Star Wars: The Game

Computer Life column for May 8, 1999

Richard Gordon

I am looking forward to seeing the new Star Wars prequel. But I was not one of the people standing in line to buy Star Wars paraphernalia the nanosecond it was available. Nor have I been downloading trailers for the movie, visiting fan sites, or reading the speculation about what happens in the movie.

In fact, I may not see it until some time in June.

However, I did download a demo version of a computer game called The Gungan Frontier to show my son.

In this demo from Lucas Learning, you are taken on a "training mission" in which you are introduced to the tools that will be available to you in the full version of the game. Then you start a short mission in which you must establish a Gungan colony on the moon of Naboo, because the Gungans' home has become critically over-populated. In order to allow the colonists to make their colony self-sustaining, you deploy Star Wars creatures and plants from across the galaxy and learn how the different plants and animals interact with each other in their new environment.

You also advise the Gungans how much of the new flora and fauna to harvest so that they can build a sustainable underwater city.

The game is aimed at ages nine and up, so, just before bedtime one night this week, I watched my nine-year-old try it.

He quickly tired of the guided tour of the game, and was anxious for his demo mission: building an ecosystem that would support a colony of 2,000 Gungans.

He quickly grasped the game's graphical "Food Web," a device for seeing which creatures ate what plants and other creatures, and began deploying blumbushes, kaadu, bubblespores and other plants and animals.

During his first attempt, he forgot to tell the Gungans how many of the different plants and animals they could harvest, so the colony failed.

On his second attempt, he remembered to advise the colonists how much to harvest, and the colony quickly reached its goal population.

The demo version comes with 10 plant and animal species; the full version will ship with 80. The game's Web site ( will include bonus creatures for the full game, and the full version will allow you to engineer additional life-forms.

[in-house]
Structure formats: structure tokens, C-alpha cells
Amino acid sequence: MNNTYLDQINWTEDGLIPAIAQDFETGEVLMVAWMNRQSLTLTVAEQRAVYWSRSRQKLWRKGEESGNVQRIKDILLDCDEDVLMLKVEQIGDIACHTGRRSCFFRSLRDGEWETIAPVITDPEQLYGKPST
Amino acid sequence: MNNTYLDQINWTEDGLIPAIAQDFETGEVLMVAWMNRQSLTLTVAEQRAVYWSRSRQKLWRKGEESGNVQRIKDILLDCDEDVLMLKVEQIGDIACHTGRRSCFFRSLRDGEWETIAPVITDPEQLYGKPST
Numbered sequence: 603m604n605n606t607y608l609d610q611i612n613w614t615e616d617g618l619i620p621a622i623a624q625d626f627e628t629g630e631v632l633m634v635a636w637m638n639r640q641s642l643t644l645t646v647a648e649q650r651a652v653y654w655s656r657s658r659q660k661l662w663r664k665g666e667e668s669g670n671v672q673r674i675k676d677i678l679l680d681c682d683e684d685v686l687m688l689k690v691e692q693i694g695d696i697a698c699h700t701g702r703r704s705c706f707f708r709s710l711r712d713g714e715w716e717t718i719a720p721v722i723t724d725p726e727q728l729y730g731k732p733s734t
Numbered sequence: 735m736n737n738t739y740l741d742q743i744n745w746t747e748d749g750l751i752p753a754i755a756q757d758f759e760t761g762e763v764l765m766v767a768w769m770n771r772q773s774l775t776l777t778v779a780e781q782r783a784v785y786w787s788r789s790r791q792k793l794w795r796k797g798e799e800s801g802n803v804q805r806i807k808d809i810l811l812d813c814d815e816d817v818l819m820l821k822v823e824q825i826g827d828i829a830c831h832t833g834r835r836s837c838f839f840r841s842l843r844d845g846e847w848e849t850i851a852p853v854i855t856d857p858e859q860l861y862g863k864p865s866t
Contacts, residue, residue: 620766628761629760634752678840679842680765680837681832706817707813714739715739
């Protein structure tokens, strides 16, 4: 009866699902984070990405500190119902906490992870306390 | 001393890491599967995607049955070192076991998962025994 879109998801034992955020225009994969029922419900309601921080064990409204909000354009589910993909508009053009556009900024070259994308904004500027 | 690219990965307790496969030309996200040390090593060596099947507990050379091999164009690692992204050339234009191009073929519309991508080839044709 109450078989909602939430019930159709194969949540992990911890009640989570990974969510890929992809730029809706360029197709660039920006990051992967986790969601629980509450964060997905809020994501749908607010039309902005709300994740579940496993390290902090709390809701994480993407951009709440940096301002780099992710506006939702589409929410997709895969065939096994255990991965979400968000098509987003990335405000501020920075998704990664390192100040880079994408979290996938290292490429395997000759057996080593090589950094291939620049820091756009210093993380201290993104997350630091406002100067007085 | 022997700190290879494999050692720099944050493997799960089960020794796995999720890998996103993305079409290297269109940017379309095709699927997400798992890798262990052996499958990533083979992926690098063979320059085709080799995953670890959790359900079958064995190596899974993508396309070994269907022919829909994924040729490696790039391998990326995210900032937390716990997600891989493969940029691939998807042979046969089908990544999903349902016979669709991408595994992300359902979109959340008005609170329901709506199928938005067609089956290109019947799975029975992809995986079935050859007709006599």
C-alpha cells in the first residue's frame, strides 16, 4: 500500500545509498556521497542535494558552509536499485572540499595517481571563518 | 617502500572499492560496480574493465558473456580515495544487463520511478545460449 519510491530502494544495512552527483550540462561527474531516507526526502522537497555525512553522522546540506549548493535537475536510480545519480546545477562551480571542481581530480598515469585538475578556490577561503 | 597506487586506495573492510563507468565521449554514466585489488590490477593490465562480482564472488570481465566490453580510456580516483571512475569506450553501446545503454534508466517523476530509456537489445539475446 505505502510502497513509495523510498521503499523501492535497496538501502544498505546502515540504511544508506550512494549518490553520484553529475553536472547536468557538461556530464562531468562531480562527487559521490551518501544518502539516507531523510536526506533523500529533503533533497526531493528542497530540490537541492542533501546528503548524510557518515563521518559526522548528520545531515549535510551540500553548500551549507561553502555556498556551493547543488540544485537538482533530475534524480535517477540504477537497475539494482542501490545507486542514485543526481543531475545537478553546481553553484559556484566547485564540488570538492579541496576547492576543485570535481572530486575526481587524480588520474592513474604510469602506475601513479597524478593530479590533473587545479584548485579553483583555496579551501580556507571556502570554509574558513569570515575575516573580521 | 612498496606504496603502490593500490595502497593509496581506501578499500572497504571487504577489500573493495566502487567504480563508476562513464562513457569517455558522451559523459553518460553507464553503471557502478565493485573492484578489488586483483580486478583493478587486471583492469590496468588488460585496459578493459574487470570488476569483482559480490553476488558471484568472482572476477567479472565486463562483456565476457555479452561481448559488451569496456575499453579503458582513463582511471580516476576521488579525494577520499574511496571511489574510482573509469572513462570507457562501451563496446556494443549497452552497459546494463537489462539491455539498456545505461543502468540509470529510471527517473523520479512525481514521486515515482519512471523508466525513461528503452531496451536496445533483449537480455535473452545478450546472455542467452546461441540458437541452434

I liked the soundtrack music; my son ignored it. The graphics are clear and colorful and the controls are easy to understand.

My nine-year-old's review of the demo as he hopped into bed was that the game was OK. "The real game might be better, but I think I like SimTown better," he said, referring to Maxis' adaptation of their popular SimCity software.

My son hit the nail on the head: Lucas Learning's Gungan Frontier is an interesting ecological simulation--in the same class with many of Maxis' products--that is being marketed to ride the wave of interest in the Star Wars series. The underlying principle of the simulation, managing an ecosystem, is clear enough that even third or fourth graders should enjoy this game. The missions included in the full version sound like they would challenge older game players, too.

It's not the best computer game I've ever seen, but Gungan Frontier has a nice combination of problem-solving and "sci-fi appeal" without any shooting, shouting, or fighting.

The full game should be available for Windows and Macintosh systems on May 24, 1999, while the frenzy for tickets for Star Wars is still in a frenzy.

Tip of the week

A Ton of Software

If you are looking for computer programs for Macintosh or Windows systems, one of the best sites to visit is c|net's Download.Com (

This repository of freeware, shareware, and a growing selection of commercial software is particularly well-organized. In addition to descriptions and links for downloading each software package, Dowload.Com also rates the "reliability" of each download site.

Copyright © 1999, The News Journal Company

Computer Life Index

Richard Gordon helps support faculty, staff and student computing at the University of Delaware. E-mail questions, comments or suggestions to, or write him at The News Journal, Box 15505, Wilmington, DE 19850. Although each note cannot be answered individually, reader comments and questions will often be incorporated in future columns.